Popularity rises when something is familiar. Disney movies are popular because they rehash familiar themes. Damsels in distress, a commoner winning a princess’ heart, a hero fighting monsters, monsters turning into heroes and interpretations of fairy tales. Sure, Disney is exceptional. However, it stands for exceptional celebration of the status-quo.

Art is not meant to celebrate the status-quo. It is meant to question the status-quo, tear it down and build something new. Once that new movement is the norm, art moves on to tear down something else. Art is the process of creative destruction. Artistic movements aren’t popular because they make most people feel uncomfortable. Once a movement is popular, it gradually stops becoming art.

Disney movies have never questioned traditional views on race, gender roles or sexual identity until recently, when those questions have turned mainstream. Artists have always raised those uncomforatable questions.

Accomplished artists have a hard time choosing between their art and mainstream popularity because that which is popular is usually not art, and thatwhich is art is usually not popular.

Inevitability

The game of chess is centered around the idea of ‘inevitability’.

In chess, quite early in the game, one player can often have a slight advantage – say an extra pawn. From there onwards, if both players play correctly for the rest of the game, it is inevitable that the person with the extra pawn wins the game. As the game develops, this slight advantage multiplies until it overwhelms the opponent.

The player with the advantage seeks to maintain the status-quo – to play predictable moves and avoid surprises. The player with the disadvantage tries to shake things up. Since they are losing by default, they play moves that are unusual and can surprise their opponent.

This idea also has real-life implications. A startup might be default-alive or default-dead. In the absence of additional  funding, if the startup can survive on its profits, it is default-alive. Else, it is default dead. Startups that are default-alive are fine even if they maintain the status-quo. Startups that are default-dead are forced to shift the status-quo via explosive growth or a pivot.

We can extend this to every idea, habit or routine we have nurtured. Which of our current practices serve us well in the long-run? Those are the ones to sustain. Which ones serve us less? Those are the ones where we need to shake things up.

Loaded questions

‘I haven’t finished the task yet.’ ‘Why are you so slow?’

A loaded question is judgement in the guise of a question.

On the surface, a question appears to indicate curiousity. But a question that implies a judgement judgement often doesn’t move us forward. It shuts down conversation and erects defensive walls.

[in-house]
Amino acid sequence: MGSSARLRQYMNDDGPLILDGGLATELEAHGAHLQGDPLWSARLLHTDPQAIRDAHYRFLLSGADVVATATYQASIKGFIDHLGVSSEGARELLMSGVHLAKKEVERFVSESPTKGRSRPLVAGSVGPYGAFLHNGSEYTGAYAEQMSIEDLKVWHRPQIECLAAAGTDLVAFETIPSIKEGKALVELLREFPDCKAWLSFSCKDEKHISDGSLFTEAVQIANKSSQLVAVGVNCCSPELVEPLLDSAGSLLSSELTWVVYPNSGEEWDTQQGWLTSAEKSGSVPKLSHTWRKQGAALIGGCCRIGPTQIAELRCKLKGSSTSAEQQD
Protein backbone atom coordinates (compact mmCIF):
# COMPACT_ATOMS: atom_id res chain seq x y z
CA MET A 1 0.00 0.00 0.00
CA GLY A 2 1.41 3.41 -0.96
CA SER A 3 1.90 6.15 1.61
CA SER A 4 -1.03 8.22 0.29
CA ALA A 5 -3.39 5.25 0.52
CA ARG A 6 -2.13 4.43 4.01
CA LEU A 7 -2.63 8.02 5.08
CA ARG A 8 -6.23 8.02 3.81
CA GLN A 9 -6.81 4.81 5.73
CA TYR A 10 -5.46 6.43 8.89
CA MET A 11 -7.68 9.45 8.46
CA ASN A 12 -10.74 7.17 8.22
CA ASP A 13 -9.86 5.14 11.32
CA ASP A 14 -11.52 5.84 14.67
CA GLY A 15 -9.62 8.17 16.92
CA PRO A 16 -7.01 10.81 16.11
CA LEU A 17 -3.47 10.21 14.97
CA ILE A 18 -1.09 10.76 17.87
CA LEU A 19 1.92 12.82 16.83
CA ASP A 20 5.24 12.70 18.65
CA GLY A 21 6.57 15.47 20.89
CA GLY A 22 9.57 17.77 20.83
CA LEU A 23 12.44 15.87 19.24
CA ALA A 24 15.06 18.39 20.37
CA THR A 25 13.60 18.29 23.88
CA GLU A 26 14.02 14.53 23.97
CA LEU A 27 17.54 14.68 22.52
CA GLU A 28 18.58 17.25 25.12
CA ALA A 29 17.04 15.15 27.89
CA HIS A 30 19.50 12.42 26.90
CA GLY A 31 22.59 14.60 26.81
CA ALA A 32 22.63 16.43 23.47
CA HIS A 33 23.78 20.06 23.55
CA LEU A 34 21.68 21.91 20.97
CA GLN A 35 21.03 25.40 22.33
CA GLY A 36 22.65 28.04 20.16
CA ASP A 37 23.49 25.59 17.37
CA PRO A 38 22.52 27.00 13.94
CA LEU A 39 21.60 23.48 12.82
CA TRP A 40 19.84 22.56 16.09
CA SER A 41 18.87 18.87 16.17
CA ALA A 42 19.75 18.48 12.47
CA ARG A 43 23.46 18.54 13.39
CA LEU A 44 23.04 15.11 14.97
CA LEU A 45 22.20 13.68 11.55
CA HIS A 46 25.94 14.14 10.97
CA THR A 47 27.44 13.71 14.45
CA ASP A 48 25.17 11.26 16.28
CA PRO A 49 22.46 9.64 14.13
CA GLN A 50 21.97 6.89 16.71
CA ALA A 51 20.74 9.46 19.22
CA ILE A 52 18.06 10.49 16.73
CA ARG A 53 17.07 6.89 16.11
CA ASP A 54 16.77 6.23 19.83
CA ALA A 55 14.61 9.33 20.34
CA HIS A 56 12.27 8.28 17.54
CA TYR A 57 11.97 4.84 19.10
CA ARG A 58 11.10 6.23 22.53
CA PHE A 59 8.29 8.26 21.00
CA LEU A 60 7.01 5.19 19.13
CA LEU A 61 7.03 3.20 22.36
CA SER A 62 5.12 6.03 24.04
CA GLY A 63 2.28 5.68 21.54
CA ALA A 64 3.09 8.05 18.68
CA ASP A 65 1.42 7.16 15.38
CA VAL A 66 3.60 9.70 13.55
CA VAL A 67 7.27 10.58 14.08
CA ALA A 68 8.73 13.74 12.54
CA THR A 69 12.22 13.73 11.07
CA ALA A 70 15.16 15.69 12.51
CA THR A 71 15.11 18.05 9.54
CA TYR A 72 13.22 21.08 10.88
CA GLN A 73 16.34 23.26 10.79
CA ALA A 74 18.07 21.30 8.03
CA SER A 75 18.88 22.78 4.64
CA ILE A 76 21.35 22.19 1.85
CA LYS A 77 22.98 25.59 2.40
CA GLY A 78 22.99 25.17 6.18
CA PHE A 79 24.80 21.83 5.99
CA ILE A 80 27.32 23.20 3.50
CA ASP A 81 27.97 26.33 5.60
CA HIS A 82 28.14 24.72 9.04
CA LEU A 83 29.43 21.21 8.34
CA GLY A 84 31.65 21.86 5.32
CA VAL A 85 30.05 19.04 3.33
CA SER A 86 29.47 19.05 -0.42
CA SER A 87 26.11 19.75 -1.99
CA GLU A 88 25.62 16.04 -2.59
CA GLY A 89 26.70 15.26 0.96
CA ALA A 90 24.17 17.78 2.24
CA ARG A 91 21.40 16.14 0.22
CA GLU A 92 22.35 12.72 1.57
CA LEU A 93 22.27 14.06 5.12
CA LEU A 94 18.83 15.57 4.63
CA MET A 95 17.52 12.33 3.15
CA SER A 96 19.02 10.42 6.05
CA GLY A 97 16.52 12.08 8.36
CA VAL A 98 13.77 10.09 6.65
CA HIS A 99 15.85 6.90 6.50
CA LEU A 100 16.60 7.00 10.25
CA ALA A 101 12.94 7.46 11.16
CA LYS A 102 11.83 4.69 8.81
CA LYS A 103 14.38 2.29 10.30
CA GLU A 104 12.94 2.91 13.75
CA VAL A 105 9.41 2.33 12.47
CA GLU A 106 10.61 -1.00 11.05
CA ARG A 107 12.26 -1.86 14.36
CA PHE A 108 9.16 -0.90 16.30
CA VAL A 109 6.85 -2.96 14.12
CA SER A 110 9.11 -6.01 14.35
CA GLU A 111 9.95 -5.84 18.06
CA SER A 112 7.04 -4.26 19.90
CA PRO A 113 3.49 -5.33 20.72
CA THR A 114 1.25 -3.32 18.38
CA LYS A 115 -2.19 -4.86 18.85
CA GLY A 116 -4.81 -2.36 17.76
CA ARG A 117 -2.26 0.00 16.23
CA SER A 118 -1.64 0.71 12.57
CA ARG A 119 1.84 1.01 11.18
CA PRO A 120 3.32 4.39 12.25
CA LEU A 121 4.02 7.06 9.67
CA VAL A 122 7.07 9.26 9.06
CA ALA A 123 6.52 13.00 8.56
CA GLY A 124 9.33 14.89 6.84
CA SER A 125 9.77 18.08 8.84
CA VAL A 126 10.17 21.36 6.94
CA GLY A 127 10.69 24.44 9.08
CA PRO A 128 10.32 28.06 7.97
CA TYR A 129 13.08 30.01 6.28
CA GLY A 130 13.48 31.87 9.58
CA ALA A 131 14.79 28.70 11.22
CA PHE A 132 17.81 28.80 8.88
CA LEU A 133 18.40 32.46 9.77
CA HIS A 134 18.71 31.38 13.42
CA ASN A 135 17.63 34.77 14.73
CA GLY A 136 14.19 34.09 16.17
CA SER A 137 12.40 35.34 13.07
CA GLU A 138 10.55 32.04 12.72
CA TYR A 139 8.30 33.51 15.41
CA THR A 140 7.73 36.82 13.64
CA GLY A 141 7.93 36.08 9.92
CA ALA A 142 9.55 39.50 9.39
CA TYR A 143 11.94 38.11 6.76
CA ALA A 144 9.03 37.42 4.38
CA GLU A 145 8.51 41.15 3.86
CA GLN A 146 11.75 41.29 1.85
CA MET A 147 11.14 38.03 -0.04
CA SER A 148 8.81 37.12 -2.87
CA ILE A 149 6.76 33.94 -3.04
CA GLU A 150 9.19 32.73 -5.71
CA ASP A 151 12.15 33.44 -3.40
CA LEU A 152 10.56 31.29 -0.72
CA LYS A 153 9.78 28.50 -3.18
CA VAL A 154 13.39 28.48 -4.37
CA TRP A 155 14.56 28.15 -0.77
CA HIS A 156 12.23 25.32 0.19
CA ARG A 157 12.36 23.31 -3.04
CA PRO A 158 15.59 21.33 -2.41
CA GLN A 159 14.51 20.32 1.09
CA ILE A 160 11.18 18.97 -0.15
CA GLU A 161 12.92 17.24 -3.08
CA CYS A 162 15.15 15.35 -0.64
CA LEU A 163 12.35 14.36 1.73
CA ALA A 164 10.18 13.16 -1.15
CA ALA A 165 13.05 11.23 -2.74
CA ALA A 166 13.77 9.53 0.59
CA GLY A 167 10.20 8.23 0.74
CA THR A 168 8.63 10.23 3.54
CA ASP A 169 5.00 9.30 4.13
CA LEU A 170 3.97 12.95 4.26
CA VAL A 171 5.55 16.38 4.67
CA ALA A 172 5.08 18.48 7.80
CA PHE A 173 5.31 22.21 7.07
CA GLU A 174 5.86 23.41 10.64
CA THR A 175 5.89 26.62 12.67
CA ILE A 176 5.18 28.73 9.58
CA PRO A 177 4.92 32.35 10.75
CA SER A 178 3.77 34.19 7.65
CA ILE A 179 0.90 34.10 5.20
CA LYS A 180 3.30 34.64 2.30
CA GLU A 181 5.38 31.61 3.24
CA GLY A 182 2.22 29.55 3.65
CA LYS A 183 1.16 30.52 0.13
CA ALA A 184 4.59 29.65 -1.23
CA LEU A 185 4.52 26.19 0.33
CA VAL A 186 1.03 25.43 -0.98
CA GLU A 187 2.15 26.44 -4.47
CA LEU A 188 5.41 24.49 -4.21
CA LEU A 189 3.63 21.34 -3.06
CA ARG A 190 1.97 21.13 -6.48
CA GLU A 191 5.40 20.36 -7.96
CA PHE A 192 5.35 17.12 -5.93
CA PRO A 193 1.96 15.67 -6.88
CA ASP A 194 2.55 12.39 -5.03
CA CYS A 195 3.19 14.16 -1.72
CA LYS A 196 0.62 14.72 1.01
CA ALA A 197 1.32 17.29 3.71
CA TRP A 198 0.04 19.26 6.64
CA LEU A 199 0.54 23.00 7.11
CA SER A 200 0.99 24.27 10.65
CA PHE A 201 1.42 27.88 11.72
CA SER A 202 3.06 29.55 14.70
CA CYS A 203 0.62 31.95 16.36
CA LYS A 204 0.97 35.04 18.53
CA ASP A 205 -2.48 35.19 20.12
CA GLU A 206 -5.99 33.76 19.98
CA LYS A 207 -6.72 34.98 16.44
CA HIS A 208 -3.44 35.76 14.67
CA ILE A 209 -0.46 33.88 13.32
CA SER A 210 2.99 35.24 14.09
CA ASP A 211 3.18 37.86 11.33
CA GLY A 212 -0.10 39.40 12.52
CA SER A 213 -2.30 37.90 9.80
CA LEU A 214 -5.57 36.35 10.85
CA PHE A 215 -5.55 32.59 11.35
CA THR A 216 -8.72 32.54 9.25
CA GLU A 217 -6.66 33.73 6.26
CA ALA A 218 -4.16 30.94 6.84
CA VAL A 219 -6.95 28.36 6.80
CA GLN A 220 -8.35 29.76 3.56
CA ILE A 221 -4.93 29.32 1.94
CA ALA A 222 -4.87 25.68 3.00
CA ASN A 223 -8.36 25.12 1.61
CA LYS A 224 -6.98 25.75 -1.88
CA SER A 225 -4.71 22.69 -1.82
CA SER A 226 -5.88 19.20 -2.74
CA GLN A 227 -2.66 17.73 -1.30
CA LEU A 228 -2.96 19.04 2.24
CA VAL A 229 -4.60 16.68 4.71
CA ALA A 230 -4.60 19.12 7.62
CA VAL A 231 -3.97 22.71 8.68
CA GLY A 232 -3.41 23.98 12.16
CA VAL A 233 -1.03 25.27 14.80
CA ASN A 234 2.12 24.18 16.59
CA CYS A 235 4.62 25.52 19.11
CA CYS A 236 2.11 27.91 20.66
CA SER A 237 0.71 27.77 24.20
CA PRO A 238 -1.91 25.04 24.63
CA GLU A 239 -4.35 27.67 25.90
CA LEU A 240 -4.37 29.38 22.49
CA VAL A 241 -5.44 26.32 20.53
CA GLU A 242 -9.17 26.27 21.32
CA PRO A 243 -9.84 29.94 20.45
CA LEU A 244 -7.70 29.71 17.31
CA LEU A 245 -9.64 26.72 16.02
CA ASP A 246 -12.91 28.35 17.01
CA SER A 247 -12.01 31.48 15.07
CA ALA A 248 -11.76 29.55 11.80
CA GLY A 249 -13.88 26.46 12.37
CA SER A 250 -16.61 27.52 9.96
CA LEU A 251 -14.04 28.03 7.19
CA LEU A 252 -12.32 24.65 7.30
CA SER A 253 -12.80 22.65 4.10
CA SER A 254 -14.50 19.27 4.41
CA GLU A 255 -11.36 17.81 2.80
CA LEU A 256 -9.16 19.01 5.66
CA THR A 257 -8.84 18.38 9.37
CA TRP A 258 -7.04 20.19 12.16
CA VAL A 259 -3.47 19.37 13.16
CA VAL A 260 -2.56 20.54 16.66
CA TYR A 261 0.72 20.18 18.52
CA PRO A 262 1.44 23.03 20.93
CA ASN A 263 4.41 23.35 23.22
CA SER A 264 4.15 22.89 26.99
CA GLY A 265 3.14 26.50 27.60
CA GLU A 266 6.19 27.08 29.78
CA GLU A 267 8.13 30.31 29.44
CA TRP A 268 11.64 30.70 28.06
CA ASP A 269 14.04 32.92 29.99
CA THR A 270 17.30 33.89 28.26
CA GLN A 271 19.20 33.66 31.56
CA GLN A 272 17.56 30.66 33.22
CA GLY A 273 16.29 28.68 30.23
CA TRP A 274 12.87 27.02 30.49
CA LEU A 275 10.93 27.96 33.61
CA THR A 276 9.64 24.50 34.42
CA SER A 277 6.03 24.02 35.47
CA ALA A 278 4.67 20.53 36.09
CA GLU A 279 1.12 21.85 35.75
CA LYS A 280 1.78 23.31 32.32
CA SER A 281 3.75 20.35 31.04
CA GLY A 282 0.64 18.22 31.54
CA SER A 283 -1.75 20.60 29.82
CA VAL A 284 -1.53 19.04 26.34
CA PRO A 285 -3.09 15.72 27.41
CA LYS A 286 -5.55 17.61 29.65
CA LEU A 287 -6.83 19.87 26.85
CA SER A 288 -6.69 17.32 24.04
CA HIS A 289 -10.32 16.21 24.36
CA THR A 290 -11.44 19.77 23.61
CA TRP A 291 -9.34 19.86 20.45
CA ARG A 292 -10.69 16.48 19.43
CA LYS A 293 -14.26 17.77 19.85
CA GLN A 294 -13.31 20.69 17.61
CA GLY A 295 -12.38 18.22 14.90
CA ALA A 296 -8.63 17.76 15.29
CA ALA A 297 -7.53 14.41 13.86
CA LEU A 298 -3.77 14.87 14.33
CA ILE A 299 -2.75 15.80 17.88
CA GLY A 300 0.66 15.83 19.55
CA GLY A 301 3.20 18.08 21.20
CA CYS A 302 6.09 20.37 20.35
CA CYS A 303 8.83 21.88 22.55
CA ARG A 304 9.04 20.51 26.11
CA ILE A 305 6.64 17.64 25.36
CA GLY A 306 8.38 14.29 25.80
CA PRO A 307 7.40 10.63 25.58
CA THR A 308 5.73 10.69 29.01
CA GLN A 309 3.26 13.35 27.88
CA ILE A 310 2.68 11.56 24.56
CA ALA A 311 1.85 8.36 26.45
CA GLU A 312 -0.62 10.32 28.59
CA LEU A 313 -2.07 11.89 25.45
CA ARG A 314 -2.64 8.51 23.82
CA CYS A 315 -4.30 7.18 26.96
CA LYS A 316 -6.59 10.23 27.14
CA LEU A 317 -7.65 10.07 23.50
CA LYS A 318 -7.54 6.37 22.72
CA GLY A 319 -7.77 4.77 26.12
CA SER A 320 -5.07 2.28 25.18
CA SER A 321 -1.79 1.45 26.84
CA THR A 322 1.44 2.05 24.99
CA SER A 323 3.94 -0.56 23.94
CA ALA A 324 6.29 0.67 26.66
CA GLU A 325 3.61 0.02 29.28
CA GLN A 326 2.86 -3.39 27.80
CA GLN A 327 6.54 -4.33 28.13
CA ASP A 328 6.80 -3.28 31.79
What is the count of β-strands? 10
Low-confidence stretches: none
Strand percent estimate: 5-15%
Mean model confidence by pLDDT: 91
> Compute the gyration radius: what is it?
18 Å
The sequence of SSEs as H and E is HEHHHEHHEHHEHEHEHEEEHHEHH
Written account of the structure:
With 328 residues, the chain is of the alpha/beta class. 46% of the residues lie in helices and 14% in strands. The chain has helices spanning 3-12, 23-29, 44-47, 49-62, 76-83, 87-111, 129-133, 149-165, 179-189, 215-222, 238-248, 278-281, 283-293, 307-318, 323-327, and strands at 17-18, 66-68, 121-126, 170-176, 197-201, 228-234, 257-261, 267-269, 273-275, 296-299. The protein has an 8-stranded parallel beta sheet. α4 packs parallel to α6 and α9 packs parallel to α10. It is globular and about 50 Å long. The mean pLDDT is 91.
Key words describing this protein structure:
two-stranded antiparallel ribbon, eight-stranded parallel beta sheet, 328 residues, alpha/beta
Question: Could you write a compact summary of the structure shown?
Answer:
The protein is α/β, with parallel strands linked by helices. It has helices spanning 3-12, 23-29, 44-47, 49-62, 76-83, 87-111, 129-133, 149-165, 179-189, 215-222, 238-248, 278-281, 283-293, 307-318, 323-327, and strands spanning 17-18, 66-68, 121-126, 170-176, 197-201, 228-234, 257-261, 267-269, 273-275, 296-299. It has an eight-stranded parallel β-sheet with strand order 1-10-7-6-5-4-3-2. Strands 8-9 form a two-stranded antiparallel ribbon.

Judgement and curiousity cannot co-exist, and it is judgement that crowds out curiosity rather than the other way around.

Watch out for loaded questions – both when you pose them as well as receive them.

What if Gutenburg didn’t invent the printing press?

Both Newton and Leibniz invented calculus.

Both Darwin and Alfred Russel Wallace discovered the theory of evolution.

Oxygen was discovered simultaneously by Joseph Priestly and Carl Wilhelm Schlee.

Two Frenchmen invented colour photography in the same year.

Alexander Graham Bell and Elisha Gray, both filed a patent for the telephone on the same day – 14 February, 1876.

At least 13 inventors other than Thomas Edison filed a patent for a glowing filament in a bulb of glass.

So if Johannes Gutenberg didn’t invent movable type printing, we would still have books because somebody else would have.

Most inventions are inevitable products of their time – an inventor mainly gets to put their stamp on it first. This isn’t to take anything away from inventors – they were all brilliant people. But the world has never been short of brilliant people.

If we have a good idea, chances are that it isn’t original. We are all better off sharing it with the world and finding the others rather than keeping it a secret.

Can ChatGPT write this blog?

‘Write me a blogpost about how AI can be used to generate blogposts.’

ChatGPT is all the rave in the last couple of months. If you gave ChatGPT this prompt, odds are that you will end up with a good blogpost.

But what makes a blogpost ‘good’? What is it for? Is it to filling space on a website? Is it for driving traffic? Is it to say something interesting? Or is it to inspire a change?

When I write a blogpost, I wrestle with an idea and examine it critically. The idea changes in my mind as I explore it. But more importantly, my own mind changes. Every post I write rewires my mind a little. And through this process, I also hope to change the reader’s mind.

I could end up with an AI generated post that is more interesting and more engaging than my own post. But doing so doesn’t change my mind very much. It is the practice of writing one on my own that brings about change. In fact, that is the very point of this blog. Regardless of how good AI becomes, it will change little in how I show up to my blog.